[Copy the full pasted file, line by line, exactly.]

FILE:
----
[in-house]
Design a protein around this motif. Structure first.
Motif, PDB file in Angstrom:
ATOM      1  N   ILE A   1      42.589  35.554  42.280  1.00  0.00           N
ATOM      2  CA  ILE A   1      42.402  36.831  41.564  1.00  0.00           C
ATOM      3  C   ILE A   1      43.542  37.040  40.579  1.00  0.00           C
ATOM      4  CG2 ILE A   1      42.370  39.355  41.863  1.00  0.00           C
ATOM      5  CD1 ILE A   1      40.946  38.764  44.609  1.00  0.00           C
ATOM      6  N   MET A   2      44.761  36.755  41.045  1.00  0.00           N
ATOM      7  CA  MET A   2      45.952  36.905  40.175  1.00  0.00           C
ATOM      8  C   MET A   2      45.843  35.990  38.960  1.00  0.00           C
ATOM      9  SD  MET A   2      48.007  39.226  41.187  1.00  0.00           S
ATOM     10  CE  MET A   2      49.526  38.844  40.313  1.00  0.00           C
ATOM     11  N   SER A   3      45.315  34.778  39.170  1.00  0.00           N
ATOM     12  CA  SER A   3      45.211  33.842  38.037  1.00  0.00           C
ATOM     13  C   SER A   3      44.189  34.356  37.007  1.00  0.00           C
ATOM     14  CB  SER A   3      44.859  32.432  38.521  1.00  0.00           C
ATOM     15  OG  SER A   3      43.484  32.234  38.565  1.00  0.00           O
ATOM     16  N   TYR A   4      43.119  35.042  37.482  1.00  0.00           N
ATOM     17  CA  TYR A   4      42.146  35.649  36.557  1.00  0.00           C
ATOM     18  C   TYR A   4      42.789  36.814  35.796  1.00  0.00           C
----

[in-house]
Design a protein around this motif. Structure first.
Motif, PDB file in Angstrom:
ATOM      1  N   ILE A   1      42.589  35.554  42.280  1.00  0.00           N
ATOM      2  CA  ILE A   1      42.402  36.831  41.564  1.00  0.00           C
ATOM      3  C   ILE A   1      43.542  37.040  40.579  1.00  0.00           C
ATOM      4  CG2 ILE A   1      42.370  39.355  41.863  1.00  0.00           C
ATOM      5  CD1 ILE A   1      40.946  38.764  44.609  1.00  0.00           C
ATOM      6  N   MET A   2      44.761  36.755  41.045  1.00  0.00           N
ATOM      7  CA  MET A   2      45.952  36.905  40.175  1.00  0.00           C
ATOM      8  C   MET A   2      45.843  35.990  38.960  1.00  0.00           C
ATOM      9  SD  MET A   2      48.007  39.226  41.187  1.00  0.00           S
ATOM     10  CE  MET A   2      49.526  38.844  40.313  1.00  0.00           C
ATOM     11  N   SER A   3      45.315  34.778  39.170  1.00  0.00           N
ATOM     12  CA  SER A   3      45.211  33.842  38.037  1.00  0.00           C
ATOM     13  C   SER A   3      44.189  34.356  37.007  1.00  0.00           C
ATOM     14  CB  SER A   3      44.859  32.432  38.521  1.00  0.00           C
ATOM     15  OG  SER A   3      43.484  32.234  38.565  1.00  0.00           O
ATOM     16  N   TYR A   4      43.119  35.042  37.482  1.00  0.00           N
ATOM     17  CA  TYR A   4      42.146  35.649  36.557  1.00  0.00           C
ATOM     18  C   TYR A   4      42.789  36.814  35.796  1.00  0.00           C